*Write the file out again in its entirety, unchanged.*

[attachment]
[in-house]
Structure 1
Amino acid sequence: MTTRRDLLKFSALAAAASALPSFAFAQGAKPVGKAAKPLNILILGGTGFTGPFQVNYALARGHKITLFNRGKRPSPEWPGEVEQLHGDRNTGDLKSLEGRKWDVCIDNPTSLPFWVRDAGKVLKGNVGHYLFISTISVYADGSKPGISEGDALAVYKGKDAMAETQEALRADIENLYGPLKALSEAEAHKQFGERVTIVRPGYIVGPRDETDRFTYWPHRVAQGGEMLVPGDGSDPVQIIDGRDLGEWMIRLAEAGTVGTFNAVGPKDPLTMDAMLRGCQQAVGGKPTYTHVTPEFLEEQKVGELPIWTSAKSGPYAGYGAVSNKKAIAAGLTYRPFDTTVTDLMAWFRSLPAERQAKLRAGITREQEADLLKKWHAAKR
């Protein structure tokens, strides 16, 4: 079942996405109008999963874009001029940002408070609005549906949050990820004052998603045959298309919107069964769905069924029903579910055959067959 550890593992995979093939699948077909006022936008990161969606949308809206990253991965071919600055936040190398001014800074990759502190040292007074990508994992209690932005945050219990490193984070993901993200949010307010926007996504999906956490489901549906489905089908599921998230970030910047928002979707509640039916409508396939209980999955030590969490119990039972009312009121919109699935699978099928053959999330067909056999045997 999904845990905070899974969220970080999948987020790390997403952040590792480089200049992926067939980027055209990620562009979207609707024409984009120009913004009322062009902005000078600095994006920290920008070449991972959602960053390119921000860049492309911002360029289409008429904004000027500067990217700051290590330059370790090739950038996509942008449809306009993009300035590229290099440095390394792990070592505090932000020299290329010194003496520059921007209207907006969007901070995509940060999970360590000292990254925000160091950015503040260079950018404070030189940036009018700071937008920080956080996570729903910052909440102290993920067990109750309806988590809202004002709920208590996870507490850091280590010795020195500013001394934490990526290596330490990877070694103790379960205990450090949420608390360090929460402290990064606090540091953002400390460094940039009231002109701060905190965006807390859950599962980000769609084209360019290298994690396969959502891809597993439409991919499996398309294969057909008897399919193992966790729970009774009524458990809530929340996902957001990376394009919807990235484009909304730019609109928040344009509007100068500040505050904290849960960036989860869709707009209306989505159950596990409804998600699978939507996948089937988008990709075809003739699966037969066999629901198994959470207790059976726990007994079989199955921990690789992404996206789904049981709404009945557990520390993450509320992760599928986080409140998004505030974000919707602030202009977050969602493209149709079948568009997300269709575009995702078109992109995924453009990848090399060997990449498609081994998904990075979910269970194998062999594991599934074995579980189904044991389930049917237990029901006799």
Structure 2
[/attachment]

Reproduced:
[in-house]
Structure 1
Amino acid sequence: MTTRRDLLKFSALAAAASALPSFAFAQGAKPVGKAAKPLNILILGGTGFTGPFQVNYALARGHKITLFNRGKRPSPEWPGEVEQLHGDRNTGDLKSLEGRKWDVCIDNPTSLPFWVRDAGKVLKGNVGHYLFISTISVYADGSKPGISEGDALAVYKGKDAMAETQEALRADIENLYGPLKALSEAEAHKQFGERVTIVRPGYIVGPRDETDRFTYWPHRVAQGGEMLVPGDGSDPVQIIDGRDLGEWMIRLAEAGTVGTFNAVGPKDPLTMDAMLRGCQQAVGGKPTYTHVTPEFLEEQKVGELPIWTSAKSGPYAGYGAVSNKKAIAAGLTYRPFDTTVTDLMAWFRSLPAERQAKLRAGITREQEADLLKKWHAAKR
């Protein structure tokens, strides 16, 4: 079942996405109008999963874009001029940002408070609005549906949050990820004052998603045959298309919107069964769905069924029903579910055959067959 550890593992995979093939699948077909006022936008990161969606949308809206990253991965071919600055936040190398001014800074990759502190040292007074990508994992209690932005945050219990490193984070993901993200949010307010926007996504999906956490489901549906489905089908599921998230970030910047928002979707509640039916409508396939209980999955030590969490119990039972009312009121919109699935699978099928053959999330067909056999045997 999904845990905070899974969220970080999948987020790390997403952040590792480089200049992926067939980027055209990620562009979207609707024409984009120009913004009322062009902005000078600095994006920290920008070449991972959602960053390119921000860049492309911002360029289409008429904004000027500067990217700051290590330059370790090739950038996509942008449809306009993009300035590229290099440095390394792990070592505090932000020299290329010194003496520059921007209207907006969007901070995509940060999970360590000292990254925000160091950015503040260079950018404070030189940036009018700071937008920080956080996570729903910052909440102290993920067990109750309806988590809202004002709920208590996870507490850091280590010795020195500013001394934490990526290596330490990877070694103790379960205990450090949420608390360090929460402290990064606090540091953002400390460094940039009231002109701060905190965006807390859950599962980000769609084209360019290298994690396969959502891809597993439409991919499996398309294969057909008897399919193992966790729970009774009524458990809530929340996902957001990376394009919807990235484009909304730019609109928040344009509007100068500040505050904290849960960036989860869709707009209306989505159950596990409804998600699978939507996948089937988008990709075809003739699966037969066999629901198994959470207790059976726990007994079989199955921990690789992404996206789904049981709404009945557990520390993450509320992760599928986080409140998004505030974000919707602030202009977050969602493209149709079948568009997300269709575009995702078109992109995924453009990848090399060997990449498609081994998904990075979910269970194998062999594991599934074995579980189904044991389930049917237990029901006799």
Structure 2